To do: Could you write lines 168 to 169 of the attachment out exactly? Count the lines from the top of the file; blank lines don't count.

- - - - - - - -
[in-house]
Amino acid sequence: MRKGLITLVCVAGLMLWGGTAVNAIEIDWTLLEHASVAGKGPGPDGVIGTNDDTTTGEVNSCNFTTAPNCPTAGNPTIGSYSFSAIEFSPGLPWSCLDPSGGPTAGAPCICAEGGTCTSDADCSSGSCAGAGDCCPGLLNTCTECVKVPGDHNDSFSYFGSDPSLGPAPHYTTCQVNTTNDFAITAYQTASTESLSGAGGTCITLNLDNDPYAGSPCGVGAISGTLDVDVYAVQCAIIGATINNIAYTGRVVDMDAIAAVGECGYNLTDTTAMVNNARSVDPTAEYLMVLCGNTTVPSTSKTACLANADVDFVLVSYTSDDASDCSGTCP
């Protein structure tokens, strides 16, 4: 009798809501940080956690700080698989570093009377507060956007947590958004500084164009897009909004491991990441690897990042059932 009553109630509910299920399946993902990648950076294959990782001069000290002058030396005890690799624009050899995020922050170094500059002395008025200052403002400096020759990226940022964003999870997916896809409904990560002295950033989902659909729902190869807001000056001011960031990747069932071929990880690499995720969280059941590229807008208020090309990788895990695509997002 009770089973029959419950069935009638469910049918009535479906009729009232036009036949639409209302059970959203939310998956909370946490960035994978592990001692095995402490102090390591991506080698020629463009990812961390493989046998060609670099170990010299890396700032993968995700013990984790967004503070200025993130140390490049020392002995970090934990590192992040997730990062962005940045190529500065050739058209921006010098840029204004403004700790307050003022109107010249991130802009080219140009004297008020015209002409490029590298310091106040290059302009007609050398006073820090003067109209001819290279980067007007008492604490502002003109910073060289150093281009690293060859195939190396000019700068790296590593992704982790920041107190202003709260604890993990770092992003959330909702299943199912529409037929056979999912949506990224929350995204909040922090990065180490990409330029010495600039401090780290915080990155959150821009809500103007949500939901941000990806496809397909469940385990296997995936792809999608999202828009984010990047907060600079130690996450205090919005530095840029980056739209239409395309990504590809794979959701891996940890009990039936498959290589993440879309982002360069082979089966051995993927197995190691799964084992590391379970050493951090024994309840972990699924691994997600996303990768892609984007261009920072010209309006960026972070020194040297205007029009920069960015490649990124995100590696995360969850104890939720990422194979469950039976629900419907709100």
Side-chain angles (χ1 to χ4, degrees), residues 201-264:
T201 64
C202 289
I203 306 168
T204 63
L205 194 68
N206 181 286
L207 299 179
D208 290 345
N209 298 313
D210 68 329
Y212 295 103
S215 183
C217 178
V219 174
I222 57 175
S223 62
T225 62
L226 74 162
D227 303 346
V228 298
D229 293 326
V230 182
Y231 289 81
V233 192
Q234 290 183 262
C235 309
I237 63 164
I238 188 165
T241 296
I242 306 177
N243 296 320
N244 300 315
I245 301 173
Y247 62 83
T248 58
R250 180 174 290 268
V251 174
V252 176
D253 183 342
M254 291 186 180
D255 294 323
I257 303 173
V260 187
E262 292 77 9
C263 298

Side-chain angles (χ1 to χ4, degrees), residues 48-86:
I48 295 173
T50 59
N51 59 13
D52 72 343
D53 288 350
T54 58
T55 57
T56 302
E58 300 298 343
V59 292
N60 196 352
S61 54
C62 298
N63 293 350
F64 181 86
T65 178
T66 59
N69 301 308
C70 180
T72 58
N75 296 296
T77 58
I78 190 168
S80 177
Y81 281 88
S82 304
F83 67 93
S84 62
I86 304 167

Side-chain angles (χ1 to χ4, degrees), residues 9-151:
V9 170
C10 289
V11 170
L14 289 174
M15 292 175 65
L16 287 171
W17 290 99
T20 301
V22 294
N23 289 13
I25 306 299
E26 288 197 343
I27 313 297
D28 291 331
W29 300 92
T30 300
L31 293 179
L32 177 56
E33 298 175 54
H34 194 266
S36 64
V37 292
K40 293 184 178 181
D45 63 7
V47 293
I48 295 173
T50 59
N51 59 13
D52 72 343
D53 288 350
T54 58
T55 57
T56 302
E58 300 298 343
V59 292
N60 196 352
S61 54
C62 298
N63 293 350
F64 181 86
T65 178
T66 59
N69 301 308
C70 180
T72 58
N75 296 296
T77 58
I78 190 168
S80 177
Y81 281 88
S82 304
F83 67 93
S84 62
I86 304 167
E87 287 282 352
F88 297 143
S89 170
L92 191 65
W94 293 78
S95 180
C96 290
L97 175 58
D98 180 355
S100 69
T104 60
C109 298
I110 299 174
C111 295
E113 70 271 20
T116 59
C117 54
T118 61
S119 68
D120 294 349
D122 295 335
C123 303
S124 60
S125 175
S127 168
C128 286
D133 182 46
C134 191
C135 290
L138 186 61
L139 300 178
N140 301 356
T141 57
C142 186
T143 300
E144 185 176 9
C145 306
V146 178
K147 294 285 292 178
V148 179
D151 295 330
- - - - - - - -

C142 186
T143 300